The advent of blockchain technology has had a disruptive effect on many industries, including finance. The decentralized ledger of blockchain offers a
The advent of blockchain technology has had a disruptive effect on many industries, including finance. The decentralized ledger of blockchain offers an alternative to several of the main functions served by big banks, credit agencies, and other financial institutions, namely serving as an intermediary and a means of verification. Consumers put their trust into these institutions to ensure that their money is secure, their transactions are safe, and their financial records are maintained. However, the growing adoption of blockchain by consumers establishes a different form of trust–a mutual, peer-to-peer trust.
In a Goldman Sachs interactive report about cryptocurrency and the blockchain, the report noted the potential of blockchain’s distributed ledger functions and how that might shift the balance of trust for consumers. “The technology is still new, but its potential is enormous…. Because blockchains establish trust, they provide a simple, paperless way to establish ownership of money, information and objects—like concert tickets.”
Cameron Chell, blockchain entrepreneur and co-founder of BitRail, a blockchain-based infrastructure that allows organizations to employ regulatory-compliant cryptocurrencies for transactions, recently spoke about the ways in which he sees blockchain technology moving consumers away from placing all their trust in institutions.
“Society & certainly all economics run on trust, there is no other currency other than trust,” Cameron Chell noted. Speaking on blockchain and its potential, he said, “When you have a system that can replace trust or create an environment where you can transact in a trustless way, the impact globally to me is beyond measure.”
As Rachel Botsman wrote in an article for Wired, entitled “How the Blockchain is Redefining Trust,” this looming shift–away from trust in institutions and towards trust in blockchain technology–is driving some financial institutions to invest heavily in blockchain technologies out of a fear that they will be left behind. As Botsman puts it in her article, “They have to embrace this new paradigm to ensure it works for, not against, them.”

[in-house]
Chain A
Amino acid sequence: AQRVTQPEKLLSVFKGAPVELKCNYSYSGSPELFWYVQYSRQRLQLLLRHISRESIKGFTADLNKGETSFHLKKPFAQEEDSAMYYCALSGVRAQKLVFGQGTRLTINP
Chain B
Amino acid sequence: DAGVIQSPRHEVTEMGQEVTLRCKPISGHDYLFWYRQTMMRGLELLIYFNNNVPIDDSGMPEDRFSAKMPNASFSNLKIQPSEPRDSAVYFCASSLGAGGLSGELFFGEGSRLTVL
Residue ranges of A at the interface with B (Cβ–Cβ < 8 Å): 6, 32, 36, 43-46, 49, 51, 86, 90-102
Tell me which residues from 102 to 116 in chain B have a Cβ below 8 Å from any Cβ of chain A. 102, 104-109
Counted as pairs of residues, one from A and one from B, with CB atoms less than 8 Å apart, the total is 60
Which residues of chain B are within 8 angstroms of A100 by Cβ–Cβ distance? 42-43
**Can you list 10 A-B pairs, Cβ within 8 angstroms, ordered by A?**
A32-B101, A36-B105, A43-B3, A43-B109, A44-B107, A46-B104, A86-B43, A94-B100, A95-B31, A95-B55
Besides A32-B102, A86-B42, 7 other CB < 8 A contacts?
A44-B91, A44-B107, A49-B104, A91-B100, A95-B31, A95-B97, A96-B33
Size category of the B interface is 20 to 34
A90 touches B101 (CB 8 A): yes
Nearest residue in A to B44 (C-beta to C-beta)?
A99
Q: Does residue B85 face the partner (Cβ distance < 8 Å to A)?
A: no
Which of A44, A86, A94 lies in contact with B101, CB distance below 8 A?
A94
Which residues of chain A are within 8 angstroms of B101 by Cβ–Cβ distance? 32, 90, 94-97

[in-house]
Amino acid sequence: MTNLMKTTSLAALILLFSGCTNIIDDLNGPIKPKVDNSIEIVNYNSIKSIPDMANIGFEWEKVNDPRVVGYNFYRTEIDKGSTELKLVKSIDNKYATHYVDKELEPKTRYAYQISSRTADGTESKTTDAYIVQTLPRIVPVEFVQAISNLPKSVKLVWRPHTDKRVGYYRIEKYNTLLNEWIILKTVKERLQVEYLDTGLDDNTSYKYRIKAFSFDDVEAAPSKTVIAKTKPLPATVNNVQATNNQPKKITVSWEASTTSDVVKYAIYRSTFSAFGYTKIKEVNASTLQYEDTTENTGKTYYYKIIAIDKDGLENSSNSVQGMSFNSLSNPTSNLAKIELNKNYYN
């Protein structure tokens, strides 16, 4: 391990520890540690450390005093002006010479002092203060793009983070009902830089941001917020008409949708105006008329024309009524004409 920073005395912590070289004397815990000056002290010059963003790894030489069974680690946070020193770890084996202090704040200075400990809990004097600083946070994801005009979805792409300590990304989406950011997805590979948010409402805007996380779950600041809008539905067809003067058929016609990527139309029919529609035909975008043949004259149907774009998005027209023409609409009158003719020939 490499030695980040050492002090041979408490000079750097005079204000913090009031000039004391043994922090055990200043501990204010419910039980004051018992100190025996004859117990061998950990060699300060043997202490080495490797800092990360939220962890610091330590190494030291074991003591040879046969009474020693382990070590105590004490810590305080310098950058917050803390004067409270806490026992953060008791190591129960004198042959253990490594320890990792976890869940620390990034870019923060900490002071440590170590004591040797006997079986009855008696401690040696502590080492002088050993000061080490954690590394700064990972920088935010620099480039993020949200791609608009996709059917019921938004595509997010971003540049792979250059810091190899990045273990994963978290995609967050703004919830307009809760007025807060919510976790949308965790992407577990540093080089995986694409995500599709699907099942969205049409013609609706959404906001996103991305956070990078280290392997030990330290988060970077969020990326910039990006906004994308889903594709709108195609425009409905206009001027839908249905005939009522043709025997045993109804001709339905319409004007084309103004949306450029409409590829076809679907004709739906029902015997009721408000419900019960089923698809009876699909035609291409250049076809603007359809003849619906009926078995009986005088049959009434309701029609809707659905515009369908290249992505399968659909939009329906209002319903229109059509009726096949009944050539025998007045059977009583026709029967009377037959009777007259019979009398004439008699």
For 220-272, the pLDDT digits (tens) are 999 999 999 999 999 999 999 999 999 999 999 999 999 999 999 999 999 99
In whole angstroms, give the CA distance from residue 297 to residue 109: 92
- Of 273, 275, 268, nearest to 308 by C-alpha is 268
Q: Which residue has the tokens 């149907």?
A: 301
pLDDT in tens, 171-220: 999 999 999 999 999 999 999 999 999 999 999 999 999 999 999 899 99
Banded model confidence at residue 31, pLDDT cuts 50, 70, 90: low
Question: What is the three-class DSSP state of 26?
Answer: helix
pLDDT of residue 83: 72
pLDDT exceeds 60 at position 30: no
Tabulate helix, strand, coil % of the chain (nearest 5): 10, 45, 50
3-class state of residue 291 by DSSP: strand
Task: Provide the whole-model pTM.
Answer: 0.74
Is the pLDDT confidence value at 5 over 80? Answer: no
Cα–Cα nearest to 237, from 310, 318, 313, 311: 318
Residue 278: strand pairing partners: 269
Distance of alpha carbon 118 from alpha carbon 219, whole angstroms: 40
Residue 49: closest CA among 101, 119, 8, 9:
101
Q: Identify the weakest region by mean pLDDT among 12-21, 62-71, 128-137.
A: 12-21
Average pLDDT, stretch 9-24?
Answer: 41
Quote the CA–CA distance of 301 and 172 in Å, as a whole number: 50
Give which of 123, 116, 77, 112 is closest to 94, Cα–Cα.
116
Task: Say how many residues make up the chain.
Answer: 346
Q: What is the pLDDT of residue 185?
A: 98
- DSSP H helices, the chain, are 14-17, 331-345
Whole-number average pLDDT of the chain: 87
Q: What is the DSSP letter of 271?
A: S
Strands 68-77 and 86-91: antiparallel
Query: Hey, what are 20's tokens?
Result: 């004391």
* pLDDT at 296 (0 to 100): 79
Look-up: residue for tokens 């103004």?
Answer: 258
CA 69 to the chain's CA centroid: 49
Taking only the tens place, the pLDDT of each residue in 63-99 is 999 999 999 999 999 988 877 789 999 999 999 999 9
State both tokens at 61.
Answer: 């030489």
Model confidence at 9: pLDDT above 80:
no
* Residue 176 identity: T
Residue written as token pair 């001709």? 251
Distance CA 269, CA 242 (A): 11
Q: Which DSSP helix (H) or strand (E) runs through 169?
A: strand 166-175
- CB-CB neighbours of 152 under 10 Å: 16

Botsman noted that the blockchain could become a new repository of value; it could facilitate peer-to-peer borrowing by allowing people to check the creditworthiness of potential borrowers; it could perform the services traditionally facilitated by credit cards and other money transfer services; and it could provide transparent reporting on the financial transactions of an organization in real time, eliminating the need for traditional accounting practices and outside audit firms.
This is what Chell alludes to when he speaks about the evolution of blockchain technology and how it can help consumers. “We’re talking about removing friction from every single aspect of interaction–not just transaction, but interaction,” he said. Chell expounded upon that point in speaking about one of his main aims with BitRail: “To us, everything that we do is about creating trust, and eventually that’s what will remove that friction.”